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Sunday, November 24, 2013

Aid Programs Helped U.S. Survive the Great Recession

The country’s welfare programs scored high marks during the Great Recession, according to a new report by Robert A. Moffitt, the Krieger-Eisenhower professor of economics at Johns Hopkins University.

The report, published this month in The Annals of the American Academy of Political and Social Science, shows the country’s “social safety net” expanded to catch many Americans during the economic downturn, which lasted roughly from 2008 through 2009.

In “The Great Recession and the Social Safety Net,” Moffitt found aggregate safety net spending rose $500 billion from 2007 to 2010. Meanwhile, caseloads rose too, from 276 million to 310 million.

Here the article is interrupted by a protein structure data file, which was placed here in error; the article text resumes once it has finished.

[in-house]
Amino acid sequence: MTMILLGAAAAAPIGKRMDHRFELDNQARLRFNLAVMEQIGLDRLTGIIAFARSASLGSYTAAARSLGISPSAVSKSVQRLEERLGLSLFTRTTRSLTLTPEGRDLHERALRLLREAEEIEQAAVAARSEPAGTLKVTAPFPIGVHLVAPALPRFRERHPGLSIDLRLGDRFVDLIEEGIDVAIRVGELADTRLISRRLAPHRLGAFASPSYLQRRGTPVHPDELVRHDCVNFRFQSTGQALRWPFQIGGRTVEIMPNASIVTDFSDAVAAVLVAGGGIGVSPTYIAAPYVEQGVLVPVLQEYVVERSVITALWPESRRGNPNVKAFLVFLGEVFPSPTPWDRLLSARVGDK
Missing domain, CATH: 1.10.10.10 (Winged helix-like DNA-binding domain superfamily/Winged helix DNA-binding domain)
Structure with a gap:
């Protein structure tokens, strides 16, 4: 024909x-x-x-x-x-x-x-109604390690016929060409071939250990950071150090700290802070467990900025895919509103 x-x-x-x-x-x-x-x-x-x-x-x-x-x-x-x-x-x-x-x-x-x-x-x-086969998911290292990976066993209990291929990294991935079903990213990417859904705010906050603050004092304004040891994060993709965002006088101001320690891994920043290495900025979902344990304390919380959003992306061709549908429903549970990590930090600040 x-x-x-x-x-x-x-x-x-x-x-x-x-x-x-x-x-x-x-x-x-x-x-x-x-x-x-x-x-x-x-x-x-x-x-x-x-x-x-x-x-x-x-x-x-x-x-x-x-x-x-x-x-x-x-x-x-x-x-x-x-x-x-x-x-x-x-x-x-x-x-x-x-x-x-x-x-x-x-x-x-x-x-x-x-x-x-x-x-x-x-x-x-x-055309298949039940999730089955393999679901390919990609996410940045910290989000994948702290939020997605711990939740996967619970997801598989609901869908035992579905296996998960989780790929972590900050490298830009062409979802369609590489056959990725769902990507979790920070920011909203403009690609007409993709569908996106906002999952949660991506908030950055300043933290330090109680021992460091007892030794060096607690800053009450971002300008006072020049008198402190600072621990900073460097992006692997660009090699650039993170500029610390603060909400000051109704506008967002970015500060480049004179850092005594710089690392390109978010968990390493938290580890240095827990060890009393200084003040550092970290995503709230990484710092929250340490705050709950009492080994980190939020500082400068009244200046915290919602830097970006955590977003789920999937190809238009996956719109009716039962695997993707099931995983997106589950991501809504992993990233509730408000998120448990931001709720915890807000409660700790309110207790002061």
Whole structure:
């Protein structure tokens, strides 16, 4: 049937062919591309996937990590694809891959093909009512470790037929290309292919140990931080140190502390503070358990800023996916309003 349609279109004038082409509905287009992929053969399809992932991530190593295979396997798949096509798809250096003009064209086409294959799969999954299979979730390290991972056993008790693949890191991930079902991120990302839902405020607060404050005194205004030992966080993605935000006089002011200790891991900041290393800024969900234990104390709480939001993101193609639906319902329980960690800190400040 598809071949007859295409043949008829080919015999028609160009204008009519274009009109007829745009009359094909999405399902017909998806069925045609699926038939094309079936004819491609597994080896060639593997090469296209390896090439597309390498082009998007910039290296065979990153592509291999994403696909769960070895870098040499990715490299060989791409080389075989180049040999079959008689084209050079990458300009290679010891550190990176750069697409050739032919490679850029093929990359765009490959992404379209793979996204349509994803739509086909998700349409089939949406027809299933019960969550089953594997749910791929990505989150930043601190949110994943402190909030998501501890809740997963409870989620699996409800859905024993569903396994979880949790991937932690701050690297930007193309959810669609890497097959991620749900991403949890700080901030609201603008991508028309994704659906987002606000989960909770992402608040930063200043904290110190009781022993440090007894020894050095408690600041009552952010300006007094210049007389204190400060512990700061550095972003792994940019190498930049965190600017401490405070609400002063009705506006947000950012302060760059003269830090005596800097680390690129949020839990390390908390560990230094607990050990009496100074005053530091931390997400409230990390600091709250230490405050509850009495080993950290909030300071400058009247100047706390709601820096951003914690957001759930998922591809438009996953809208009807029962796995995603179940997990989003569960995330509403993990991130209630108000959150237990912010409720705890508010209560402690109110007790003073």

Carrying the bulk of this load, he said, were the Earned Income Tax Credit, Unemployment Insurance and the Supplemental Nutrition Assistance Program. Together, the three programs accounted for about a third of the spending increase.

Other programs that expanded to meet the demand included Medicaid, Medicare and Social Security retirement and disability benefits.

“Our results show that there was a major response from the safety net to the Great Recession,” Moffitt said. “The programs did their job and made a difference – there’s no question about it.”

Spending on SNAP – food stamps – more than doubled, Moffitt found, vaulting from $30 billion in 2007 to $65 billion in 2010. The program was not only helping more people, Moffitt said, but...

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